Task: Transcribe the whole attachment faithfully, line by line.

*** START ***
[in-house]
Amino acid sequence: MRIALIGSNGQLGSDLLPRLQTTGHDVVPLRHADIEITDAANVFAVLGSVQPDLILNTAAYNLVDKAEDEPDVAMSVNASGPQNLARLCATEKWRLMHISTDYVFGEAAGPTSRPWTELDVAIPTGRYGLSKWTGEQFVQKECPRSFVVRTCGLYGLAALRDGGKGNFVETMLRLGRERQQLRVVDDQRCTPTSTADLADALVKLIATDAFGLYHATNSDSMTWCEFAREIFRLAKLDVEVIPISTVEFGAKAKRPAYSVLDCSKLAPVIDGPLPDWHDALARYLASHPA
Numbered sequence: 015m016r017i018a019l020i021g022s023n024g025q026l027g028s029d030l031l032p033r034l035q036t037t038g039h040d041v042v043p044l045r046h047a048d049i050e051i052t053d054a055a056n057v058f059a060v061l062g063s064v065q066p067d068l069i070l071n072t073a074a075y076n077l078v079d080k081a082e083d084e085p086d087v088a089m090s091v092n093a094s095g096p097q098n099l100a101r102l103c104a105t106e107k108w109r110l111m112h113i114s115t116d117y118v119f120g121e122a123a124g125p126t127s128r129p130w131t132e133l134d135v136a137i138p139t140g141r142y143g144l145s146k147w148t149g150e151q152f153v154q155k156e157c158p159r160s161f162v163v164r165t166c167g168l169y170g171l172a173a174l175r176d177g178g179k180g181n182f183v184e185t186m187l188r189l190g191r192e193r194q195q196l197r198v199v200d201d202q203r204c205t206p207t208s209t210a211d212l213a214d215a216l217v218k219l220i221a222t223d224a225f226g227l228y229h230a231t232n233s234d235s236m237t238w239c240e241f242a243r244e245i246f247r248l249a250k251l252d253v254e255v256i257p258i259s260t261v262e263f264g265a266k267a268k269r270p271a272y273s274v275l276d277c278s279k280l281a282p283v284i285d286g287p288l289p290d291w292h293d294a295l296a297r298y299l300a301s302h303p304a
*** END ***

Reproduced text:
[in-house]
Amino acid sequence: MRIALIGSNGQLGSDLLPRLQTTGHDVVPLRHADIEITDAANVFAVLGSVQPDLILNTAAYNLVDKAEDEPDVAMSVNASGPQNLARLCATEKWRLMHISTDYVFGEAAGPTSRPWTELDVAIPTGRYGLSKWTGEQFVQKECPRSFVVRTCGLYGLAALRDGGKGNFVETMLRLGRERQQLRVVDDQRCTPTSTADLADALVKLIATDAFGLYHATNSDSMTWCEFAREIFRLAKLDVEVIPISTVEFGAKAKRPAYSVLDCSKLAPVIDGPLPDWHDALARYLASHPA
Numbered sequence: 015m016r017i018a019l020i021g022s023n024g025q026l027g028s029d030l031l032p033r034l035q036t037t038g039h040d041v042v043p044l045r046h047a048d049i050e051i052t053d054a055a056n057v058f059a060v061l062g063s064v065q066p067d068l069i070l071n072t073a074a075y076n077l078v079d080k081a082e083d084e085p086d087v088a089m090s091v092n093a094s095g096p097q098n099l100a101r102l103c104a105t106e107k108w109r110l111m112h113i114s115t116d117y118v119f120g121e122a123a124g125p126t127s128r129p130w131t132e133l134d135v136a137i138p139t140g141r142y143g144l145s146k147w148t149g150e151q152f153v154q155k156e157c158p159r160s161f162v163v164r165t166c167g168l169y170g171l172a173a174l175r176d177g178g179k180g181n182f183v184e185t186m187l188r189l190g191r192e193r194q195q196l197r198v199v200d201d202q203r204c205t206p207t208s209t210a211d212l213a214d215a216l217v218k219l220i221a222t223d224a225f226g227l228y229h230a231t232n233s234d235s236m237t238w239c240e241f242a243r244e245i246f247r248l249a250k251l252d253v254e255v256i257p258i259s260t261v262e263f264g265a266k267a268k269r270p271a272y273s274v275l276d277c278s279k280l281a282p283v284i285d286g287p288l289p290d291w292h293d294a295l296a297r298y299l300a301s302h303p304a